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Gun violence on the rise in American schools: Report

Gun violence is on the rise in American schools, with more students falling victim to shooting incidents during the current academic year than before, a new report shows.

According to Everytown for Gun Safety, campuses have been the site of 141 shootings so far during the 2021-22 school year, which is more than at any point in the previous decade.

Researchers who are studying the phenomenon among students believe the situation will get worse.

Also, half of teachers say they want to quit or retire early as a result of the stress and challenges of the rising gun violence, according to recent surveys by the National Education Association.

Meanwhile, problems that predated the Coronavirus crisis, such as inequality and inadequate resources, have deteriorated even as COVID-19 has introduced new challenges, like creating stress.

“Kids are walking into a system that has been massively weakened,” said Ron Avi Astor, a school violence expert at UCLA. “We’re going to see a variety of different forms of gun violence and violence in general. We’re in a situation where things are going to get worse.”

According to Astor, the pandemic, increases in overall community violence and breakdowns in family structures are among factors behind the violence. The issues have created a “tsunami of mental health needs” in schools, he said.

And dealing with such issues is hard for teachers and administrators as they are ill-equipped because of burnout, lack of staff and illness.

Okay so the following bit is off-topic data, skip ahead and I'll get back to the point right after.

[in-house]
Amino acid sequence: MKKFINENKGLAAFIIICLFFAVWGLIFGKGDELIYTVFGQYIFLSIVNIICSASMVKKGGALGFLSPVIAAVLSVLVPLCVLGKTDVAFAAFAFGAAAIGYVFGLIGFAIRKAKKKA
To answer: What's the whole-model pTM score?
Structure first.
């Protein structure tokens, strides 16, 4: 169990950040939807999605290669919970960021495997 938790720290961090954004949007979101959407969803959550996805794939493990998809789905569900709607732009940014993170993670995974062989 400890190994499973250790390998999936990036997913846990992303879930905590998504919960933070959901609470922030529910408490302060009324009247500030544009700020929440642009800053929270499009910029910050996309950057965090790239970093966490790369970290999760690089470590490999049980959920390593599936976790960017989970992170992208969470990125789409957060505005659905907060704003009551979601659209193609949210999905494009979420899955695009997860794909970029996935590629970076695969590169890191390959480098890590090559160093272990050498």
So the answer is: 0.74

Another key factor in the violence has been parents’ erratic schedules during the pandemic, according to Katherine Schweit, a retired FBI special agent who focused on active shooters and author of the book “Stop the Killing” published last year.

This means less oversight and less predictable routines for children, making it even harder for parents, teachers and others to see warning signs.

“One of the things that we focus on when we talk about preventing shootings … is what is different in someone’s routine that might indicate to us that this person is on a trajectory towards violence,” she said. “But who has a routine these days? Nobody.”

Furthermore, the availability of guns is also a contributing factor, according to Jillian Peterson, a criminology professor at Hamline University and co-creator of the Violence Project research center.

Reports show consistent monthly record gun sales in the US last year, with Peterson saying far too many of these guns are not secured in homes, allowing teens to have access to them.

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